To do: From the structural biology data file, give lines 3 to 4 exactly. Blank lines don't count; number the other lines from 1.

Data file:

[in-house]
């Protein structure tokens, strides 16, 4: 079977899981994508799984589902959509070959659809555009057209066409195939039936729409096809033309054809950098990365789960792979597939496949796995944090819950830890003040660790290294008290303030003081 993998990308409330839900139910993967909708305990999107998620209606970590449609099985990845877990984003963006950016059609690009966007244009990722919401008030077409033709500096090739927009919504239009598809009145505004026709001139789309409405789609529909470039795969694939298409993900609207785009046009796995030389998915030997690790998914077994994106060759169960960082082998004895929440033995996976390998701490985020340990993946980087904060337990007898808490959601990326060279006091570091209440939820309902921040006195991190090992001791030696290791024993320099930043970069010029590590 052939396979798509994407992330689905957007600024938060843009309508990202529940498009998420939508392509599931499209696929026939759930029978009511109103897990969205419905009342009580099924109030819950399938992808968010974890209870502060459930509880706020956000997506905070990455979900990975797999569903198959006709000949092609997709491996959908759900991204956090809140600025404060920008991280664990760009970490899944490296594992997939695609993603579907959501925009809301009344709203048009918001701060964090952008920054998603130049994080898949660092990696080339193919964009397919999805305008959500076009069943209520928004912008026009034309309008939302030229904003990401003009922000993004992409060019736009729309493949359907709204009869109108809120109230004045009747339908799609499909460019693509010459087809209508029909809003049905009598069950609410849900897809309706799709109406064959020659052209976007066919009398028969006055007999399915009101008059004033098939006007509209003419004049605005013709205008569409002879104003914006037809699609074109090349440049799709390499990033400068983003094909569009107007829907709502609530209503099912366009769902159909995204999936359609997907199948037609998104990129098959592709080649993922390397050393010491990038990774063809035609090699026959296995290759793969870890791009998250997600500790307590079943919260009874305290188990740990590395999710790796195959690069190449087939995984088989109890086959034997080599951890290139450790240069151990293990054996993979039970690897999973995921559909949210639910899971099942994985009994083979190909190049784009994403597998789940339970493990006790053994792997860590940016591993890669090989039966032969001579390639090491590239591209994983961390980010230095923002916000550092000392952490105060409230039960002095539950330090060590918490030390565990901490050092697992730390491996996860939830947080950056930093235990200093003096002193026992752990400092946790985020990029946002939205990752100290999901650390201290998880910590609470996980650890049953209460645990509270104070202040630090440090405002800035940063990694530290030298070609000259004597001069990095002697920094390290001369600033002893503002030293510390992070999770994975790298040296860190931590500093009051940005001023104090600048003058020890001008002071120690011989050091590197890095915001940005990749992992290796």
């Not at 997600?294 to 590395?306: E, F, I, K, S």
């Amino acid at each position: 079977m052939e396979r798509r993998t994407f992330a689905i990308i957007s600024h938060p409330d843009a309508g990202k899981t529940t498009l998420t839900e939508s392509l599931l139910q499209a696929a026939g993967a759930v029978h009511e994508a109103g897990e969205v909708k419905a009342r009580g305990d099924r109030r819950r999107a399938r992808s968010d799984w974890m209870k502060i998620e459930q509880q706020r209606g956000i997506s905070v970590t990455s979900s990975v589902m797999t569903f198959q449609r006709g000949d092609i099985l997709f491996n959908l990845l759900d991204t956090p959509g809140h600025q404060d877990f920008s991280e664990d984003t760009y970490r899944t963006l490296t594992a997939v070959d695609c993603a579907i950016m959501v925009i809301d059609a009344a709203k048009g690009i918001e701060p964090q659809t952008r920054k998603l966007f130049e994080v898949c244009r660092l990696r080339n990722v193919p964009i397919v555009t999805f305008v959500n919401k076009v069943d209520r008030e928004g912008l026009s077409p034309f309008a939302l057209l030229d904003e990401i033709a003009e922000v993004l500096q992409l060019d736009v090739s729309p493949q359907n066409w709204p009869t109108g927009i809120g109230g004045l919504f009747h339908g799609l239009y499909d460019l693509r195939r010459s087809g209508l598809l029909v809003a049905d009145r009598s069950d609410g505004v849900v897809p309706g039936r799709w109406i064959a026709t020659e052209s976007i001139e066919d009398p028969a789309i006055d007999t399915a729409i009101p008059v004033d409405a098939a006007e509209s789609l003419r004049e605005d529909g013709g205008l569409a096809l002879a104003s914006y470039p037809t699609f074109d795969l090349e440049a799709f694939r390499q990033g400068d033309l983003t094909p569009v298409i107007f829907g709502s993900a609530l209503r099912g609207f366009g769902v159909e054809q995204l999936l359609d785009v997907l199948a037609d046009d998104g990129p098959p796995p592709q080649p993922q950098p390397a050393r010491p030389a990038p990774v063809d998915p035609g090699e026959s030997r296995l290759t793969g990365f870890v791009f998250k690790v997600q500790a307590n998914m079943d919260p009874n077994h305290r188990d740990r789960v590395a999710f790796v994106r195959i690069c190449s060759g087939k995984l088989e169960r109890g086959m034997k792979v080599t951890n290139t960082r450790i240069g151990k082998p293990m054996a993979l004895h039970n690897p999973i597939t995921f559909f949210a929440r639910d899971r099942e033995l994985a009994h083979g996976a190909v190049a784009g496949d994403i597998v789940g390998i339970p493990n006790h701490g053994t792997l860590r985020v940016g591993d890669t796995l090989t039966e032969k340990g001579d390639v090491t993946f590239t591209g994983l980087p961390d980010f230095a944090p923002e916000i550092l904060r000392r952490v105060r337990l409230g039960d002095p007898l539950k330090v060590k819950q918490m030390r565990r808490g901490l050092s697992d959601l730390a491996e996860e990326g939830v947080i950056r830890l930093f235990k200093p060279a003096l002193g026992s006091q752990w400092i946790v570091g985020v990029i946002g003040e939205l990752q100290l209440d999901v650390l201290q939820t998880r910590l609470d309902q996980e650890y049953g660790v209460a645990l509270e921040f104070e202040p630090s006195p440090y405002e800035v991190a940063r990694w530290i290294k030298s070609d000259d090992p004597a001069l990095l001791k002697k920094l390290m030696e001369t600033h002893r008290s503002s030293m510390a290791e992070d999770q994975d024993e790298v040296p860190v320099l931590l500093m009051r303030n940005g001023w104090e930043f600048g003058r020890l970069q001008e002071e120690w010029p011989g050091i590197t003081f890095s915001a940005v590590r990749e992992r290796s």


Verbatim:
């Not at 997600?294 to 590395?306: E, F, I, K, S």
């Amino acid at each position: 079977m052939e396979r798509r993998t994407f992330a689905i990308i957007s600024h938060p409330d843009a309508g990202k899981t529940t498009l998420t839900e939508s392509l599931l139910q499209a696929a026939g993967a759930v029978h009511e994508a109103g897990e969205v909708k419905a009342r009580g305990d099924r109030r819950r999107a399938r992808s968010d799984w974890m209870k502060i998620e459930q509880q706020r209606g956000i997506s905070v970590t990455s979900s990975v589902m797999t569903f198959q449609r006709g000949d092609i099985l997709f491996n959908l990845l759900d991204t956090p959509g809140h600025q404060d877990f920008s991280e664990d984003t760009y970490r899944t963006l490296t594992a997939v070959d695609c993603a579907i950016m959501v925009i809301d059609a009344a709203k048009g690009i918001e701060p964090q659809t952008r920054k998603l966007f130049e994080v898949c244009r660092l990696r080339n990722v193919p964009i397919v555009t999805f305008v959500n919401k076009v069943d209520r008030e928004g912008l026009s077409p034309f309008a939302l057209l030229d904003e990401i033709a003009e922000v993004l500096q992409l060019d736009v090739s729309p493949q359907n066409w709204p009869t109108g927009i809120g109230g004045l919504f009747h339908g799609l239009y499909d460019l693509r195939r010459s087809g209508l598809l029909v809003a049905d009145r009598s069950d609410g505004v849900v897809p309706g039936r799709w109406i064959a026709t020659e052209s976007i001139e066919d009398p028969a789309i006055d007999t399915a729409i009101p008059v004033d409405a098939a006007e509209s789609l003419r004049e605005d529909g013709g205008l569409a096809l002879a104003s914006y470039p037809t699609f074109d795969l090349e440049a799709f694939r390499q990033g400068d033309l983003t094909p569009v298409i107007f829907g709502s993900a609530l209503r099912g609207f366009g769902v159909e054809q995204l999936l359609d785009v997907l199948a037609d046009d998104g990129p098959p796995p592709q080649p993922q950098p390397a050393r010491p030389a990038p990774v063809d998915p035609g090699e026959s030997r296995l290759t793969g990365f870890v791009f998250k690790v997600q500790a307590n998914m079943d919260p009874n077994h305290r188990d740990r789960v590395a999710f790796v994106r195959i690069c190449s060759g087939k995984l088989e169960r109890g086959m034997k792979v080599t951890n290139t960082r450790i240069g151990k082998p293990m054996a993979l004895h039970n690897p999973i597939t995921f559909f949210a929440r639910d899971r099942e033995l994985a009994h083979g996976a190909v190049a784009g496949d994403i597998v789940g390998i339970p493990n006790h701490g053994t792997l860590r985020v940016g591993d890669t796995l090989t039966e032969k340990g001579d390639v090491t993946f590239t591209g994983l980087p961390d980010f230095a944090p923002e916000i550092l904060r000392r952490v105060r337990l409230g039960d002095p007898l539950k330090v060590k819950q918490m030390r565990r808490g901490l050092s697992d959601l730390a491996e996860e990326g939830v947080i950056r830890l930093f235990k200093p060279a003096l002193g026992s006091q752990w400092i946790v570091g985020v990029i946002g003040e939205l990752q100290l209440d999901v650390l201290q939820t998880r910590l609470d309902q996980e650890y049953g660790v209460a645990l509270e921040f104070e202040p630090s006195p440090y405002e800035v991190a940063r990694w530290i290294k030298s070609d000259d090992p004597a001069l990095l001791k002697k920094l390290m030696e001369t600033h002893r008290s503002s030293m510390a290791e992070d999770q994975d024993e790298v040296p860190v320099l931590l500093m009051r303030n940005g001023w104090e930043f600048g003058r020890l970069q001008e002071e120690w010029p011989g050091i590197t003081f890095s915001a940005v590590r990749e992992r290796s």